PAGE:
Our expectations of hip-hop biopics may have been elevated by Straight Outta Compton, but they come back down to earth with a heavy thump in All Eyez on Me, a ploddingly pedestrian dramatization of Tupac Shakur’s brief, tumultuous life.

Two decades after after his death, Tupac remains big business.

The saving grace is big-screen debutant Demetrius Shipp Jr., whose father actually worked with Tupac on one of his later albums.

Propelled to fame as a fringe member of Oakland rap crew Digital Underground, Tupac emerges as a charismatic new voice in hip-hop.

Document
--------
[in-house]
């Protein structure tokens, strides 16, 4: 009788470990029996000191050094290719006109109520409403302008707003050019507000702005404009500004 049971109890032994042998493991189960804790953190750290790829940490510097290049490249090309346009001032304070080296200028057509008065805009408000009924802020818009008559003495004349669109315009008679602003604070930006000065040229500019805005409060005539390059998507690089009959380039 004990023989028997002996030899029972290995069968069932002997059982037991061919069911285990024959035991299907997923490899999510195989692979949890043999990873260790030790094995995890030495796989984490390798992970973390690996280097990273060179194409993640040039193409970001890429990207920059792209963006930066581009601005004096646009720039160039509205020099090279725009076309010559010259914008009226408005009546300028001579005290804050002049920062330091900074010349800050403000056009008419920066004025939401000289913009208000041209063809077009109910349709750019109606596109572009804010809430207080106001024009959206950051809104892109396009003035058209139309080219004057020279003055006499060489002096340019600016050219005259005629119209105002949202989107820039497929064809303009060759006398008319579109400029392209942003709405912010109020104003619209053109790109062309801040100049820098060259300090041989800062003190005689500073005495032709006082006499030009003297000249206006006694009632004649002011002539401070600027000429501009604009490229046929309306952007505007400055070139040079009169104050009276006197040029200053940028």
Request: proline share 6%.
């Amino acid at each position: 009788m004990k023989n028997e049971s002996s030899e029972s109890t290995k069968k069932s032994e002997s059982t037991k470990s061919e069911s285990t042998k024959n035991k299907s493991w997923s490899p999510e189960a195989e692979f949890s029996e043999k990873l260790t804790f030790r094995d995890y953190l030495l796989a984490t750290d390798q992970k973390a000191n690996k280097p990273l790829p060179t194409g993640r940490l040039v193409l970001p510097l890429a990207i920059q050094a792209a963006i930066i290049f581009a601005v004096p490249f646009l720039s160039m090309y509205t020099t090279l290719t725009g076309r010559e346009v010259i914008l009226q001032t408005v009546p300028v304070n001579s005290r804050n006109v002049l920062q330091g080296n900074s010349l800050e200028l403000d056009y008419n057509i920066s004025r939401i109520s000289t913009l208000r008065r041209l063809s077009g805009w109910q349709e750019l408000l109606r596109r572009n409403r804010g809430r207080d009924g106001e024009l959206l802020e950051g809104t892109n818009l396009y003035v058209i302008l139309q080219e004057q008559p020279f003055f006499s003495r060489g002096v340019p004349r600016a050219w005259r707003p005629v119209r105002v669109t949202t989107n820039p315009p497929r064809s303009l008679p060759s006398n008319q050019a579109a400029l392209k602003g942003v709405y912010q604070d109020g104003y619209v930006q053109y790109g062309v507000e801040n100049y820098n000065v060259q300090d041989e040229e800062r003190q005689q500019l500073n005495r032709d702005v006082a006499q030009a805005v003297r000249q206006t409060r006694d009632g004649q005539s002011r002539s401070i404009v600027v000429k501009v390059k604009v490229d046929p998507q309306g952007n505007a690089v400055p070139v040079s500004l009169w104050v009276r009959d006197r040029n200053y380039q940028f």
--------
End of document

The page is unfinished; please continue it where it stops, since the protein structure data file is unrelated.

Obviously these are contentious and legally delicate matters, but too much of All Eyez on Me seems designed to sell Tupac as a saintly soul who was too good for this sinful world.

All Eyez on Me is billed as the “Untold story” of Tupac Shakur, but t is nothing that you could not glean from reading a few decent archive interviews while reeling through his greatest hits on YouTube.

All Eyez on Me